Foxconn bill awaits Walker's signature after clearing Assembly


Assembly Democrats focused their criticism on tax cuts benefiting the wealthy rather than reducing taxes for the working poor, saying Republicans had "rigged" the budget against the middle class. He said the Assembly would reject any changes the Senate might make to the budget and the senators should introduce their demands as stand-alone bills.

Mikalsen said the vetoes discussed with Walker relate to "taxpayer savings" but declined to detail them further, saying that's up to the governor or his staff. In the Senate, Republican legislators accepted an amendment that would give the state Supreme Court the option to hear Foxconn lawsuits faster.

A Stroebel spokesman declined comment. The Senate must pass an identical document before it can go to Gov. Scott Walker's desk.

Republicans responded by casting Democratic opposition to the deal as knee-jerk resistance to Walker, who negotiated the Foxconn deal.

Assembly Republicans passed the budget on Wednesday, sending it on to the Senate.

Rep. Dave Murphy, R-Greenville, said in a statement the budget is "responsible and accountable to Wisconsin families".

Debate began more than two months after the budget was supposed to have been taken effect on July 1.

One of five Wisconsin senators who refused to support the state budget said Thursday that he has changed his mind, leaving the Senate just one vote short of passage a day before the chamber plans to convene to take up the $76 billion spending plan.

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Assembly Speaker Robin Vos, R-Rochester, accused the holdout Republican senators of a last-second bid to blow up a budget agreement among Republican leaders.

"We are eager to work with the people of Wisconsin to make it a center of worldwide high-tech manufacturing", the statement read. "We're not going to come back and undo all the good work that we've already done because one person wants to hold the state hostage".

Walker talked about the budget Wednesday in a conference call from South Korea where he is on a trade mission. They include prohibiting the University of Wisconsin System from spending $4 million on diversity training, allowing municipalities to impose wheel taxes only through referendums; repealing the state's prevailing wage on January 1 and increasing the income limit for participating in the statewide voucher program to 300 percent of the federal poverty level.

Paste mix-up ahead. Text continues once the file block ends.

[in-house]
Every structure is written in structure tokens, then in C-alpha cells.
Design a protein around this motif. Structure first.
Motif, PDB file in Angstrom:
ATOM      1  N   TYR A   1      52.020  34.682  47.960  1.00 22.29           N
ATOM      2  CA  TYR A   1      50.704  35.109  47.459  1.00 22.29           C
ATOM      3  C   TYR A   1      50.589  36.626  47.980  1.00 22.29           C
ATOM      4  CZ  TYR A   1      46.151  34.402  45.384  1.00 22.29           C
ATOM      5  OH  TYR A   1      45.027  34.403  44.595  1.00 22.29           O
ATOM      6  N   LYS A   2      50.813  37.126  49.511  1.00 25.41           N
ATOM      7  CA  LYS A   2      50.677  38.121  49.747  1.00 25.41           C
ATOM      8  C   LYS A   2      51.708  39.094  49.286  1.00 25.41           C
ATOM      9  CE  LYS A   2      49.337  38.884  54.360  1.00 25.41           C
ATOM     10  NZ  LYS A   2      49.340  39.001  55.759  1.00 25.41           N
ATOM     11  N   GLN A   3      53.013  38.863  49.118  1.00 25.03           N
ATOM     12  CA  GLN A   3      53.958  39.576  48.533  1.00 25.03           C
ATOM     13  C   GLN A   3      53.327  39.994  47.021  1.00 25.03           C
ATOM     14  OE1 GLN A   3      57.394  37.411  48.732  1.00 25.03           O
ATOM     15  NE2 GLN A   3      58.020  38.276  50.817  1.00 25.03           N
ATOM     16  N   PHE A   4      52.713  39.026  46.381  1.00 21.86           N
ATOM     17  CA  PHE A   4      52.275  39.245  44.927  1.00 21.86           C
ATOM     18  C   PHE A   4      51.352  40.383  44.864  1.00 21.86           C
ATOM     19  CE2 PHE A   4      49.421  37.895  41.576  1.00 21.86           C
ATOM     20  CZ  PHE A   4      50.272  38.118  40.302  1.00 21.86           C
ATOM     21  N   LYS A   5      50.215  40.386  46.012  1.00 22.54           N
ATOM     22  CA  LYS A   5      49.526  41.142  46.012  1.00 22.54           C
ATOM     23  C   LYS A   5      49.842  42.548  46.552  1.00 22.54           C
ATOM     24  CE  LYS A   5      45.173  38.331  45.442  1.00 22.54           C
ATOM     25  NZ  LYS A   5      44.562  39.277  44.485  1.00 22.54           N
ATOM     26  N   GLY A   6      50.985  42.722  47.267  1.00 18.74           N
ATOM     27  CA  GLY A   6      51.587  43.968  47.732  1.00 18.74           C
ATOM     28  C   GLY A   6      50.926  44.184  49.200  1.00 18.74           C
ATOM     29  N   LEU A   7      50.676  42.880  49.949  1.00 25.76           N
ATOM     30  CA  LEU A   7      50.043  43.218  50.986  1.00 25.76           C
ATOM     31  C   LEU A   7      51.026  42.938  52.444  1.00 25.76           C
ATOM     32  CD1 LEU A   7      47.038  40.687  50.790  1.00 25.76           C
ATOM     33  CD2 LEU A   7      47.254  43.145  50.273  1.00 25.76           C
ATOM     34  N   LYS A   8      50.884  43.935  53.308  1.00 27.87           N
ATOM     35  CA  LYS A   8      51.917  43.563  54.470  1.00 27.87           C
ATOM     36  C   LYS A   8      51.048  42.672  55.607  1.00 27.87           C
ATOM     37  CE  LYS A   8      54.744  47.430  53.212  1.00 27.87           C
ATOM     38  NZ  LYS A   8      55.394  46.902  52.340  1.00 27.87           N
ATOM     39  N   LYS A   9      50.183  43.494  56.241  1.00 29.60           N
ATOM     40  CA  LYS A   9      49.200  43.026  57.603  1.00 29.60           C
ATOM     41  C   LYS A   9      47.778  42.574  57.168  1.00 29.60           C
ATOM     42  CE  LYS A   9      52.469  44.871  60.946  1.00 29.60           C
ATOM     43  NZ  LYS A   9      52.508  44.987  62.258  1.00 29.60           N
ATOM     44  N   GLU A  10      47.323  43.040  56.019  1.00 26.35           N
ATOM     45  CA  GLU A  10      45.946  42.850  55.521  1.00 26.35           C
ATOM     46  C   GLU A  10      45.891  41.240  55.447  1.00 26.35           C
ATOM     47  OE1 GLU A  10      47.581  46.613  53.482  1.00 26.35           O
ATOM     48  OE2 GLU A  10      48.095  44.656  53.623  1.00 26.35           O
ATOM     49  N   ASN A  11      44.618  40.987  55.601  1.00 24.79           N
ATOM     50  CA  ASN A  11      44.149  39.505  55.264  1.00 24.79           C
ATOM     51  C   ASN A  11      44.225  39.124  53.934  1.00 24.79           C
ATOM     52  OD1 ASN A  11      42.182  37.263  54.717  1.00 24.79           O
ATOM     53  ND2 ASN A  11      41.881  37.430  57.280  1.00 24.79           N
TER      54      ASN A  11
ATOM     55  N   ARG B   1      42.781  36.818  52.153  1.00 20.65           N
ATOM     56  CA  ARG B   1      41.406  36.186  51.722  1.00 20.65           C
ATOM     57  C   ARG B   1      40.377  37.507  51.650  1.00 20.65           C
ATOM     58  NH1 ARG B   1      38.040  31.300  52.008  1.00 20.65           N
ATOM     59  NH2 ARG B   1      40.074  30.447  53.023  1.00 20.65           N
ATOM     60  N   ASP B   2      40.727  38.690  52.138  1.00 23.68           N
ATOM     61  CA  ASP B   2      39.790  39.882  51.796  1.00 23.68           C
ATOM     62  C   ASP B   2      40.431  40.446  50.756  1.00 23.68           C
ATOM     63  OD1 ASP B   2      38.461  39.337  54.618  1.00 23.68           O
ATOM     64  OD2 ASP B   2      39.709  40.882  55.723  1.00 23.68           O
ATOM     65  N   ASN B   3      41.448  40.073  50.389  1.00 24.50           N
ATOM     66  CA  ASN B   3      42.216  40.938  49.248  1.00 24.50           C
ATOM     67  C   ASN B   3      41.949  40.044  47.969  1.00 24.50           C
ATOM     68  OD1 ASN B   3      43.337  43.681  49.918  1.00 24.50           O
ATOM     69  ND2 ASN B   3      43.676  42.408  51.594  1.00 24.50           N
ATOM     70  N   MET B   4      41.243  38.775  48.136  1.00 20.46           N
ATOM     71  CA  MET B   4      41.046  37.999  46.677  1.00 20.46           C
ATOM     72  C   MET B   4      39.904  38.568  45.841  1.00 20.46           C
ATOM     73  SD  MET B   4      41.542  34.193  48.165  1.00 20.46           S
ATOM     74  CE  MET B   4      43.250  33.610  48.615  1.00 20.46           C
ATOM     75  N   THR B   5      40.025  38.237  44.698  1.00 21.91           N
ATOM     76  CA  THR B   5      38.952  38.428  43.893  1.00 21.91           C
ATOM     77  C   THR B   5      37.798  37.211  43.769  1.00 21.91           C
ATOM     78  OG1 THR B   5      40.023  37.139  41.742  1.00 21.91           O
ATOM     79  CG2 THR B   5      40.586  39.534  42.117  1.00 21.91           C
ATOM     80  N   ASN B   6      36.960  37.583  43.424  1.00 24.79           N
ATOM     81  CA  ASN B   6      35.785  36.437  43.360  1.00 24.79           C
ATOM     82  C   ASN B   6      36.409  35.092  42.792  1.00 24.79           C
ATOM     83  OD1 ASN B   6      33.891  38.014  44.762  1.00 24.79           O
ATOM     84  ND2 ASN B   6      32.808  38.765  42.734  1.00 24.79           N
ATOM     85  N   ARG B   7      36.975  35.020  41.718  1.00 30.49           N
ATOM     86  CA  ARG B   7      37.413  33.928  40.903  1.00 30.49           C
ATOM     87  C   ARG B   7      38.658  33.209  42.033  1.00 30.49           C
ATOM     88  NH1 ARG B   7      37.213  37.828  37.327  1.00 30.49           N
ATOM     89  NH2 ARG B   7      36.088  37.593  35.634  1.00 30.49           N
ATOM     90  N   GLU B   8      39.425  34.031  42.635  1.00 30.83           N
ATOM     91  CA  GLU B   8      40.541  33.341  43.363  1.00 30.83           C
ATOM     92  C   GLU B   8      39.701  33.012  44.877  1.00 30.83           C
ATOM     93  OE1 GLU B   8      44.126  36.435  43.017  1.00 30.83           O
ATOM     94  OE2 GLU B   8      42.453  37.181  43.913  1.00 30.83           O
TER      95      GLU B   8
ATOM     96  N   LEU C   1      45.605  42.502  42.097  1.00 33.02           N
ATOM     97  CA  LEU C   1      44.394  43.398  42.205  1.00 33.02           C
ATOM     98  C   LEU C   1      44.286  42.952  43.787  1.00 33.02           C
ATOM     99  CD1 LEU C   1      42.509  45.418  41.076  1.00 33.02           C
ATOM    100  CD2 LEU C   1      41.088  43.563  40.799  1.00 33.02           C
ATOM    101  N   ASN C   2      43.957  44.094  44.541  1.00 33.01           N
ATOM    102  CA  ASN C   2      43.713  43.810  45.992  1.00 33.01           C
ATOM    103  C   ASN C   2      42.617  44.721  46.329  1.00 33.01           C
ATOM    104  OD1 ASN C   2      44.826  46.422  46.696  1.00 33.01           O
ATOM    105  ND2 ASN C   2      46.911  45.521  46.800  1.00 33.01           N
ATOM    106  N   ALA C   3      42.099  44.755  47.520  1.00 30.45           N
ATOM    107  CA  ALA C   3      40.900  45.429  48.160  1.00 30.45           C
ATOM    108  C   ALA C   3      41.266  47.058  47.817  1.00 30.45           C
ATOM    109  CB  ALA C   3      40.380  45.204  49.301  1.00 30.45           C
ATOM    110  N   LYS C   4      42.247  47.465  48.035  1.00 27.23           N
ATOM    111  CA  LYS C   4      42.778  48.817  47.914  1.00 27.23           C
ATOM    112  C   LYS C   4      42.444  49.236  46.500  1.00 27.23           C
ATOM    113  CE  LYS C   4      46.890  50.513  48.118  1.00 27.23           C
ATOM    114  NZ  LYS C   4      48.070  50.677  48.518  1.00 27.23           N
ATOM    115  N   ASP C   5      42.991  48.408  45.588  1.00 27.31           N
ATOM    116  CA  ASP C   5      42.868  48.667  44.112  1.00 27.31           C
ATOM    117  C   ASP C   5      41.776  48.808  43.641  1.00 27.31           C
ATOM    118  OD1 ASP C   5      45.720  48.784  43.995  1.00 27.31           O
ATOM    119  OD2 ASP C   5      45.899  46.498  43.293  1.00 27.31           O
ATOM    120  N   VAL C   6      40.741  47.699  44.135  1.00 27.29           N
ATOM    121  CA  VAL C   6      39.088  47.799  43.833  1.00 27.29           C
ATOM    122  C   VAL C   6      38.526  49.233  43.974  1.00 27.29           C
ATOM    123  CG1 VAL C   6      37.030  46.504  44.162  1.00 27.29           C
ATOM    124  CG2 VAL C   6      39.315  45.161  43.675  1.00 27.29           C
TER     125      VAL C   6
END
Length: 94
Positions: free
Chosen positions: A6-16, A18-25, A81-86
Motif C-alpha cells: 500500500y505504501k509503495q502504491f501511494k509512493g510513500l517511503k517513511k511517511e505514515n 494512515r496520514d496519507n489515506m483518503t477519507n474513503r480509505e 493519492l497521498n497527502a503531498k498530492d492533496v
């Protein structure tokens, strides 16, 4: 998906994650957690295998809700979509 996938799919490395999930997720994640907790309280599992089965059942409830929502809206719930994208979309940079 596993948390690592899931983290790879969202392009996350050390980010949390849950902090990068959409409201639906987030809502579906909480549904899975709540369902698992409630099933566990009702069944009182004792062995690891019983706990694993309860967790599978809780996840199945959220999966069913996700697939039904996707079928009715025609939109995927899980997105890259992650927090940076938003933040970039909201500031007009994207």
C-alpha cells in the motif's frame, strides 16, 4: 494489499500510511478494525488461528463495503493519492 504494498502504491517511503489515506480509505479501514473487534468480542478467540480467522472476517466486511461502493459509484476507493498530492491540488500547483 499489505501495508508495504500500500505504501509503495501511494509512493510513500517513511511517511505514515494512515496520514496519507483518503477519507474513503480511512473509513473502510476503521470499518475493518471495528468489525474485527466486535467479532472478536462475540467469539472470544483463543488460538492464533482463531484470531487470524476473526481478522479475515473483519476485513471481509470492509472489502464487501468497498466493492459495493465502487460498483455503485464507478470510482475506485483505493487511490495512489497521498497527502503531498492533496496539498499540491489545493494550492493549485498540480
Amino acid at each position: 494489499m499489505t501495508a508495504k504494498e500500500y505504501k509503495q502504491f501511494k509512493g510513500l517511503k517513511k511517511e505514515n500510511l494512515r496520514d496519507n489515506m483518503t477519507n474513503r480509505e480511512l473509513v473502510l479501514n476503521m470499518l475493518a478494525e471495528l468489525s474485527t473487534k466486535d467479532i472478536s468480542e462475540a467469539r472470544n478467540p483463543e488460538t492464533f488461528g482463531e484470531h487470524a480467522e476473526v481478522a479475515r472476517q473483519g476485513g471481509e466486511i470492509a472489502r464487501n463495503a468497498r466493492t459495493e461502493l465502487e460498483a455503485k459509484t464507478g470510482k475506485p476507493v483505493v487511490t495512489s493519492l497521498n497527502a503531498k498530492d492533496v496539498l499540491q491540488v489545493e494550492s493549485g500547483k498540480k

The Senate convened momentarily Friday morning, then immediately recessed so GOP senators could meet privately.

Walker told reporters earlier Wednesday he would sign off on last-minute budget changes speeding up repeal of the prevailing wage.

Vos pushed back against the demands though, calling it a "ransom list" from lawmakers who couldn't get their way during budget negotiations.

Progress on the budget had been delayed by Senate-Assembly disagreements, especially on transportation funding, until last week, when the Joint Finance Committee passed an amended budget. The plan preserves funding for two ongoing projects in Dane County: one to expand and rebuild Verona Road near McKee Road; the other, U.S. Interstate 39-90 from the Madison area to IL. It sends $639 million more to K-12 public schools and imposes a new fee on hybrid vehicles. It also eliminates, starting in 2019, the state's alternative minimum tax, which applies to individuals making between $200,000 and $500,000 a year. The budget raises that to 220 percent of the poverty level.

Walker says he would support moving up elimination of the state prevailing wage to January 1 or even sooner.